Young men's plays


I think twice before going to see a play by a man in his twenties. They can be spiky and aggressive which is grand, and stuffed with some urgent lyricism, but the endings get predictable. Ritual castration's always on the cards (I remember Philip Ridley plying that game at Hampstead some years ago), and if not that then some other form of self-loathing of a sexual kind is often in evidence, and violent death rears its head at the end.I saw Martin McDonagh's THE BEAUTY QUEEN OF LENANE in New York, a fine evening till it had its wee burst of foul violence at the end. It's like acne, this dramatic thrusting toward death, not the best part of youth but a phase you accept for the energy that comes with it.

I saw the last night of Grae Cleugh's F***ING GAMES at the Royal Court at the weekend. It was my first visit to that theatre since its refurbishment, and how magnificent it is now. What a treat to have such a place dedicated to new writing. I took my doubts into the theatre with me, for Grae Cleugh seems perilously young. Sure it was all there, the presence of death, the act of violence, the sexual self-loathing, but it was excellent. Good to have so upfront a gay drama, stark though it was, with great acting.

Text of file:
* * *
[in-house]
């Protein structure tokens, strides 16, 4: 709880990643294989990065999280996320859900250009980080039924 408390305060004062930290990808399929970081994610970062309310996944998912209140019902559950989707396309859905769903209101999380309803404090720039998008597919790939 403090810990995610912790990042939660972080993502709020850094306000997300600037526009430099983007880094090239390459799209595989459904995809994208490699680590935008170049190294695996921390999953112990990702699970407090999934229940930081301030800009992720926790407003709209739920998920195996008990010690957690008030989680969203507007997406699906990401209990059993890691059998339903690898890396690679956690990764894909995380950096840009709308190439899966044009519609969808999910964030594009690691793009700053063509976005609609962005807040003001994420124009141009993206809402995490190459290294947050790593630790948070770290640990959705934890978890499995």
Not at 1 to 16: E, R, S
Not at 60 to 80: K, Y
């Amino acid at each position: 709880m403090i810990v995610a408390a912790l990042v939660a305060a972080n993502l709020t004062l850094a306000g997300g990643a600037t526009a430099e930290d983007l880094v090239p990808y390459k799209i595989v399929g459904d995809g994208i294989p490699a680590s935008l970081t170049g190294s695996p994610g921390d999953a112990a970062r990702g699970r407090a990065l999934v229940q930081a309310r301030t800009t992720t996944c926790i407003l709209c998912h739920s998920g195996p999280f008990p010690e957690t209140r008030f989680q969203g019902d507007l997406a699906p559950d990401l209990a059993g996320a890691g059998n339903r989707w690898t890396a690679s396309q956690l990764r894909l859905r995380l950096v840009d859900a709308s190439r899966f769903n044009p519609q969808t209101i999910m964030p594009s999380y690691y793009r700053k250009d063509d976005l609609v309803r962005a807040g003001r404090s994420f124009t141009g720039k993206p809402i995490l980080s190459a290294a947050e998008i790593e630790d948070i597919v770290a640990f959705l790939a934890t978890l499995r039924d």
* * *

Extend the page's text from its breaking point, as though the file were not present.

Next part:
I've just finished a new draft of what's now BEACH BOY BLUES. It's been going so long through so many drafts I hadn't seen that it was also a young man's play. I'd written that young sexual loathing out in other pieces but death was still there as this wonderful climax, death as rare and blissful and exultant as in Ibsen! The play's a comedy, albeit a black one. I'd ignored the basic law that comedy has a happy ending. The play was stuck on that youthful perspective in which death is a grand way out.

Now my characters bypass death. It's following Evelyn Waugh's advice to writers I suppose, "Never kill off your characters. You only get one set!" I'm happy they're still with us ... and hope that enough of that raw energy of my youth survives in the play!